The M&A Frenzy May Be Over – But That’s Not a Bad Thing

Higher financing costs and lower economic growth could slow the number of corporate tie-ups, but experts believe deals may end up healthier.

Munshi Ahmed/Bloomberg

Munshi Ahmed/Bloomberg

After hitting records in 2021, deal-making looks like it may be coming down to earth this year.

In 2021, the total value of mergers and acquisitions reached an all-time high of $5.9 trillion, up from $3.7 trillion the year before, according to a report on global M&A in 2022 from Bain Consulting. In January, however, the number of M&A deals declined for the first time in almost two years, according to data from II’s sister company, BCA Research. In a daily briefing, BCA noted that the dimming M&A outlook is a result of decelerating economic growth, sluggish equity returns, rising interest rates, and strong regulatory headwinds.

“The environment is now less conducive for mergers and acquisitions,” according to BCA. “This is compounded by the fact that the number of M&A deals over the past 12 months far exceeds previous peaks, which raises the likelihood that dealmaking activity experiences a mean reversion.”

But the slowing tempo of deal-making is not necessarily a negative signal. “The second half of [2021] was frenzy, absolutely,” Brad Armstrong, partner at private equity firm Lovell Minnick Partners, told II. But “it doesn’t feel that way now. It feels more steady, more mature, more healthy in terms of the pace.”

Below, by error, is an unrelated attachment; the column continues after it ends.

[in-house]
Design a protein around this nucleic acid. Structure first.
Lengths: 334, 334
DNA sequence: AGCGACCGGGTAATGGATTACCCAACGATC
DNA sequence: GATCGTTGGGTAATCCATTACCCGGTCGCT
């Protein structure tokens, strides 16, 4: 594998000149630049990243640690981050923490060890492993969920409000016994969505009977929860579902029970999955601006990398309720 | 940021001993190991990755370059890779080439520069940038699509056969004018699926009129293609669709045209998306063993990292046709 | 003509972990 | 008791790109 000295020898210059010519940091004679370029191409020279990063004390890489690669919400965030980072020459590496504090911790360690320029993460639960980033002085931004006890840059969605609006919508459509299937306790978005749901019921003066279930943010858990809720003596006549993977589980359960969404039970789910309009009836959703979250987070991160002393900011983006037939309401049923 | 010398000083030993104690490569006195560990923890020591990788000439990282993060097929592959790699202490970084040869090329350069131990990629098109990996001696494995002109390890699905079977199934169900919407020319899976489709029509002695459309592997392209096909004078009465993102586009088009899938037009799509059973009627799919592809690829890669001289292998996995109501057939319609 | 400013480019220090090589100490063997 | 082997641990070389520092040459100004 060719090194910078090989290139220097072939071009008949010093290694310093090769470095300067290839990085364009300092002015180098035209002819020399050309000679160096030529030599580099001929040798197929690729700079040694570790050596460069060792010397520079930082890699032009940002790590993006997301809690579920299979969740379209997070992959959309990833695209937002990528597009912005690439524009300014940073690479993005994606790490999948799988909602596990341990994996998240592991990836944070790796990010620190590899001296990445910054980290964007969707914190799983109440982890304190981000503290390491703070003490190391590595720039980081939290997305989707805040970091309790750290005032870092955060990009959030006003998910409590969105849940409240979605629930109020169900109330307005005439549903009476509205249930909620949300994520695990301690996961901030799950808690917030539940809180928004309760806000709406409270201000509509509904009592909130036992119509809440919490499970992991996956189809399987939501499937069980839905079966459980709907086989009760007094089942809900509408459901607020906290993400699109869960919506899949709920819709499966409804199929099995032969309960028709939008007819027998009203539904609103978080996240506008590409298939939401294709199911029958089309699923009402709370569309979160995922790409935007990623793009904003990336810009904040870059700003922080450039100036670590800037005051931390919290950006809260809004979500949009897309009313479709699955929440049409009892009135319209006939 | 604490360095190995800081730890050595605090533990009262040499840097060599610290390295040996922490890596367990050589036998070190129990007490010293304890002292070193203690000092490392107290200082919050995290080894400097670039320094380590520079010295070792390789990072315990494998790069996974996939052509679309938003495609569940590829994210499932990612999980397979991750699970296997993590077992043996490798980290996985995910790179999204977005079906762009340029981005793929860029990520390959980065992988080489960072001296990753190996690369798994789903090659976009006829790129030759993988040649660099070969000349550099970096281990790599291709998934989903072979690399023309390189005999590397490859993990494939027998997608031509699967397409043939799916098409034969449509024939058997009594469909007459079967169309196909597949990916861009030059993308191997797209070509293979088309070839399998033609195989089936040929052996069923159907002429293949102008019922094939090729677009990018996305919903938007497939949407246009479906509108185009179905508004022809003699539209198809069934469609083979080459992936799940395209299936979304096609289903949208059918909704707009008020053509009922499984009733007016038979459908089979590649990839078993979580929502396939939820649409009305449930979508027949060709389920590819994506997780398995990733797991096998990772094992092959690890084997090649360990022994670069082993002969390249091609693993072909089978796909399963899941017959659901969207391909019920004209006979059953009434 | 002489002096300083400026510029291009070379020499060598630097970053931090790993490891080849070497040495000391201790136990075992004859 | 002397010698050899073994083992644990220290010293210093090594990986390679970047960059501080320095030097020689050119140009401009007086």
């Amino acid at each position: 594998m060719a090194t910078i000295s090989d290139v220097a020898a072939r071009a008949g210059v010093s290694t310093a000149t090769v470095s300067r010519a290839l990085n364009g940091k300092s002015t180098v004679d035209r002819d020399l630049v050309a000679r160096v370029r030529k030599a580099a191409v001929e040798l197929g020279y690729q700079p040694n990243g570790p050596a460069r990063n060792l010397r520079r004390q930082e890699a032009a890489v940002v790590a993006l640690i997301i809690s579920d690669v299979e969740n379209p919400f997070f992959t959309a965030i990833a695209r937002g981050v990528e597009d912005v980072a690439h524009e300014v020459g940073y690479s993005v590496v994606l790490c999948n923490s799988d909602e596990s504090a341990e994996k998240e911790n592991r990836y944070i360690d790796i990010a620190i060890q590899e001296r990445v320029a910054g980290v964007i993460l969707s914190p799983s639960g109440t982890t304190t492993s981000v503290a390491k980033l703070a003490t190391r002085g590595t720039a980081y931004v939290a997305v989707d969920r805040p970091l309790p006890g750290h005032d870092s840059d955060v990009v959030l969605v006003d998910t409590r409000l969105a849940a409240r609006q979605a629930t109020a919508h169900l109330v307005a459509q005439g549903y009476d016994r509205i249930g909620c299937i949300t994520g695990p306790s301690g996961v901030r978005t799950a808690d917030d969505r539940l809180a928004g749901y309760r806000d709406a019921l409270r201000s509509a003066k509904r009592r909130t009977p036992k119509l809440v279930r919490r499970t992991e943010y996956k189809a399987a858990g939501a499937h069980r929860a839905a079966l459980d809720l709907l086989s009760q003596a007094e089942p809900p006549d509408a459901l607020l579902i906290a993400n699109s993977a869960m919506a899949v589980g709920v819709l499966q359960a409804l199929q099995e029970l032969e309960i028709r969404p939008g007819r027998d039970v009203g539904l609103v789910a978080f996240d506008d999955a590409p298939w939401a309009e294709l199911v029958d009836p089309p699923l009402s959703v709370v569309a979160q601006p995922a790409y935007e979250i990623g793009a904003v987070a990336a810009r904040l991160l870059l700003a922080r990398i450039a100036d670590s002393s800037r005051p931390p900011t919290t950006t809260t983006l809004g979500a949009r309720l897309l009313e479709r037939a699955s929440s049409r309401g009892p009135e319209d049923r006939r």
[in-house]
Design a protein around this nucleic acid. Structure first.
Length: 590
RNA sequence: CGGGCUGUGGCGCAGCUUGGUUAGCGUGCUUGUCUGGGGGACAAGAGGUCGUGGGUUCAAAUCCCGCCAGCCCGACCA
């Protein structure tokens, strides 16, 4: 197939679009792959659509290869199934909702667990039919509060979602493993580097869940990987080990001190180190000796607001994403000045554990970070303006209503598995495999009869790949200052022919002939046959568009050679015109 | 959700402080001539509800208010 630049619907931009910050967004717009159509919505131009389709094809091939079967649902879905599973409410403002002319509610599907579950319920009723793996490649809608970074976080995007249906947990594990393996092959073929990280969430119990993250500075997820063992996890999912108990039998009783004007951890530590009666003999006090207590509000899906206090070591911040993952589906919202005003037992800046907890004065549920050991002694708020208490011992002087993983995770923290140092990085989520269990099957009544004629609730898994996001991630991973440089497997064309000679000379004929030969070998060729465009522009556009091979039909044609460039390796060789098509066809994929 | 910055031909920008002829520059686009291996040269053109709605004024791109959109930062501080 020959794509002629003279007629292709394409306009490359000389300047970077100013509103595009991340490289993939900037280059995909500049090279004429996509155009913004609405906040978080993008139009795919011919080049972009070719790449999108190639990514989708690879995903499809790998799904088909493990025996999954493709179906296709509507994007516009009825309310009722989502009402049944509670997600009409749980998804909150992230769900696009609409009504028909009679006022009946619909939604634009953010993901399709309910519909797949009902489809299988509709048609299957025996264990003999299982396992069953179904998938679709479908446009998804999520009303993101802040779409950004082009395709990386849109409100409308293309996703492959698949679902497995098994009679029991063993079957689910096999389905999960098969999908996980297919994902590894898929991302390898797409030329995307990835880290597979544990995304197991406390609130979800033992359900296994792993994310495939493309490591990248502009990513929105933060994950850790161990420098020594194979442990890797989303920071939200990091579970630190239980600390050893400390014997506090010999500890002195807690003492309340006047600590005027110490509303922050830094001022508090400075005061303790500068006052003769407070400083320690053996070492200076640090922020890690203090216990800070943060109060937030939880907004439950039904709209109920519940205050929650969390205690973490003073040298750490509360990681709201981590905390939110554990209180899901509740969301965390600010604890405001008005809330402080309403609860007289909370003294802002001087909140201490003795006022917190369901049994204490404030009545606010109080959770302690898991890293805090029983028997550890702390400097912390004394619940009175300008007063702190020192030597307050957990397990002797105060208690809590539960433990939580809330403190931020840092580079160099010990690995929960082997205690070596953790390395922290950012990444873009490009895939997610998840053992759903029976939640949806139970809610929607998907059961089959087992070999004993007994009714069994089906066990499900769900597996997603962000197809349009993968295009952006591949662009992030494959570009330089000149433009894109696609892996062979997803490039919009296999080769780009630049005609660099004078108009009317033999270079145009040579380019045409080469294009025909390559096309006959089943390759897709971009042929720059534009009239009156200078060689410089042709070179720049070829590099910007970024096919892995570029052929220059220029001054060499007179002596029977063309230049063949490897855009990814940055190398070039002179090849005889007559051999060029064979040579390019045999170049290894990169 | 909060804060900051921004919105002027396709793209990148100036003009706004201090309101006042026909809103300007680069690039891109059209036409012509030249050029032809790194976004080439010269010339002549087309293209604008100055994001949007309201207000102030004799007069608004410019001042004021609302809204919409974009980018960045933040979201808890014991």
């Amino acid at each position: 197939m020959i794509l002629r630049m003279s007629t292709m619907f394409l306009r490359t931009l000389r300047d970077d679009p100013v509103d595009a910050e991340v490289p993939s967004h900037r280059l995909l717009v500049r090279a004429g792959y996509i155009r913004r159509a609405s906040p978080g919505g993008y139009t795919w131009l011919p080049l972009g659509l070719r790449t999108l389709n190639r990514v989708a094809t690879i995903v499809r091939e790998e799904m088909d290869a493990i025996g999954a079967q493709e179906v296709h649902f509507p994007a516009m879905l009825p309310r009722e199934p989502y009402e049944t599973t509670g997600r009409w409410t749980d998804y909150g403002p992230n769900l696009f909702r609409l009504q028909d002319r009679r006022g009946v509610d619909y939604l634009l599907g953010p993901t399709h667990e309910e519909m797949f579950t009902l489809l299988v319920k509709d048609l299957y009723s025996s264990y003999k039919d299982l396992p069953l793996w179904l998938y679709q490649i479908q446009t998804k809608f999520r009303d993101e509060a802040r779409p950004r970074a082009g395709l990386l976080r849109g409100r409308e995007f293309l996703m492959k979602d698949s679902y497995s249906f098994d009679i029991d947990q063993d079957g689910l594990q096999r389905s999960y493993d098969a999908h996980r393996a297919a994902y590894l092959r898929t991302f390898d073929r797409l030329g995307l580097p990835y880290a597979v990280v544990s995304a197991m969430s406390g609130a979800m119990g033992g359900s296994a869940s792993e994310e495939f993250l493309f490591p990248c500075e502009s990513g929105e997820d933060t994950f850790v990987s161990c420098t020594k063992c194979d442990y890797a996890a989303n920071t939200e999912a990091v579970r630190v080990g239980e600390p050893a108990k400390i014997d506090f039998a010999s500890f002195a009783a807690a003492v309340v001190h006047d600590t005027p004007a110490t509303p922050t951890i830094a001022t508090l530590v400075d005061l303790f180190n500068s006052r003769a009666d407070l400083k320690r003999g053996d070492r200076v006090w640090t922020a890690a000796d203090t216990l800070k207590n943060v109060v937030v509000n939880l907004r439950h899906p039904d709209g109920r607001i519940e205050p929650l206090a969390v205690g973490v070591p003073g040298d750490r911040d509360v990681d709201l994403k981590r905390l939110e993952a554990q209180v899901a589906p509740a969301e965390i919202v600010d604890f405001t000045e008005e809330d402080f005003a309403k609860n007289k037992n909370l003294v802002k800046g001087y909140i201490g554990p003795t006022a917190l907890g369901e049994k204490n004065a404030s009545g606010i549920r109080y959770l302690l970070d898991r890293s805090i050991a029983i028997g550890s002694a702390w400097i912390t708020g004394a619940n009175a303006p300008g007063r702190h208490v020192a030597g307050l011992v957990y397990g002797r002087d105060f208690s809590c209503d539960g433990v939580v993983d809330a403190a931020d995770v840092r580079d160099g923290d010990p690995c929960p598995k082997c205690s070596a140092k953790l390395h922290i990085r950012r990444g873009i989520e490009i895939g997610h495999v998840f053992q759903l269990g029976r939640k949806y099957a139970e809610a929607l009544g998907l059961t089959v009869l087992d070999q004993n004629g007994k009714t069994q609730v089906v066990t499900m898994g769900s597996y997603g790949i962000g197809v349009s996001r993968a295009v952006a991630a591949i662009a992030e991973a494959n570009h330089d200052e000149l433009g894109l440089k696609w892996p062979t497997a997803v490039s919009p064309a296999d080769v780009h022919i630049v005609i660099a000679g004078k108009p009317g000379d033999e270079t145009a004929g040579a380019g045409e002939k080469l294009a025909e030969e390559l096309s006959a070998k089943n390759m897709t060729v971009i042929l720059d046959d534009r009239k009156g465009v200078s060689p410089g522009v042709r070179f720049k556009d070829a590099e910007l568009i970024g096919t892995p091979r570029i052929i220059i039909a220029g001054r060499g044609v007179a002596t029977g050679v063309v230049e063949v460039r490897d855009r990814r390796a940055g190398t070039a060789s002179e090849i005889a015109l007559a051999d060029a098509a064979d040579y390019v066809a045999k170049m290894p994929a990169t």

Robert Brown, CEO of Lincoln International, said the M&A market this year is unlikely to be as “white-hot” as it was in 2021. That’s because the record-breaking M&A flow in 2021 was driven in part by the pent-up demand for deals during the depths of the pandemic. Founders and CEOs were also expecting higher tax rates on capital gains in 2022, which prompted many of them to race for partners.

Despite any slowdown, Brown remains optimistic about M&A. After such a busy year, dealmakers would normally expect a pause in transactions. But that did not happen last month, he said. Lincoln International, the Chicago-based investment bank, closed as many deals in January as it did in previous months. The continuing interest has been fueled by the record amount of capital raised in the last ten years, he said. At the same time, there’s still a relatively small number of high-quality companies available to be acquired, according to Brown.

“The main driver of M&A activity, which is capital availability and business performance, [remains] strong,” he added.

A number of surveys support the optimism. Eighty-nine percent of M&A decision-makers expect their deal-making activities to stay the same or increase in 2022, according to Bain Consulting’s report, which included a survey of 281 M&A practitioners in late 2021. Eighty percent of respondents said mergers and acquisitions are an integral part of their growth strategies. Ernest & Young found that 59 percent of more than 2,000 CEOs across the globe had the intention to pursue acquisitions in 2022.

“I think that although the environment [for M&A] has gotten more complex – supply chain disruptions, increasing geopolitical tensions, engaging in the war for talent, etcetera – the overall outlook remains very positive,” according to Pete Witte, global private equity lead analyst at Ernest & Young.

Witte added that rising rates could be one of the major concerns for dealmakers as they increase financing costs for borrowers. But at the same time, “valuations – especially for the most attractive assets – have been very high for a long time,” Witte told II. “And so to the extent that higher rates would indeed increase financing costs, the negative impact could be offset – at least to a degree – by a decrease in entry prices. And that’s something that market participants will be watching very closely.”